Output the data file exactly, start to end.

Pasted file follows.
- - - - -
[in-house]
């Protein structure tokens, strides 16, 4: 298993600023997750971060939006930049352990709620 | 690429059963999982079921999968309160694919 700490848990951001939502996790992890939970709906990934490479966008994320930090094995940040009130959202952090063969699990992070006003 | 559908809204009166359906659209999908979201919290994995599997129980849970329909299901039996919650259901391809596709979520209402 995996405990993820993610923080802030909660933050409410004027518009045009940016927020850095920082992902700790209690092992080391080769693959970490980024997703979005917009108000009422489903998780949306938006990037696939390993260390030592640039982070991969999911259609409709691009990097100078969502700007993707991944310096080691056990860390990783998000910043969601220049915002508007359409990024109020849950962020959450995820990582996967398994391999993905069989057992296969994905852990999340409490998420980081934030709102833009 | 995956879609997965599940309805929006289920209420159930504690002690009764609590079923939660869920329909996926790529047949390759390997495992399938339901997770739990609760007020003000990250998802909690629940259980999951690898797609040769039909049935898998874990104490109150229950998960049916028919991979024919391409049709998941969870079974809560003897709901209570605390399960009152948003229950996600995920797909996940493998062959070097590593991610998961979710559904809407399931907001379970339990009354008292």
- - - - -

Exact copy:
[in-house]
């Protein structure tokens, strides 16, 4: 298993600023997750971060939006930049352990709620 | 690429059963999982079921999968309160694919 700490848990951001939502996790992890939970709906990934490479966008994320930090094995940040009130959202952090063969699990992070006003 | 559908809204009166359906659209999908979201919290994995599997129980849970329909299901039996919650259901391809596709979520209402 995996405990993820993610923080802030909660933050409410004027518009045009940016927020850095920082992902700790209690092992080391080769693959970490980024997703979005917009108000009422489903998780949306938006990037696939390993260390030592640039982070991969999911259609409709691009990097100078969502700007993707991944310096080691056990860390990783998000910043969601220049915002508007359409990024109020849950962020959450995820990582996967398994391999993905069989057992296969994905852990999340409490998420980081934030709102833009 | 995956879609997965599940309805929006289920209420159930504690002690009764609590079923939660869920329909996926790529047949390759390997495992399938339901997770739990609760007020003000990250998802909690629940259980999951690898797609040769039909049935898998874990104490109150229950998960049916028919991979024919391409049709998941969870079974809560003897709901209570605390399960009152948003229950996600995920797909996940493998062959070097590593991610998961979710559904809407399931907001379970339990009354008292």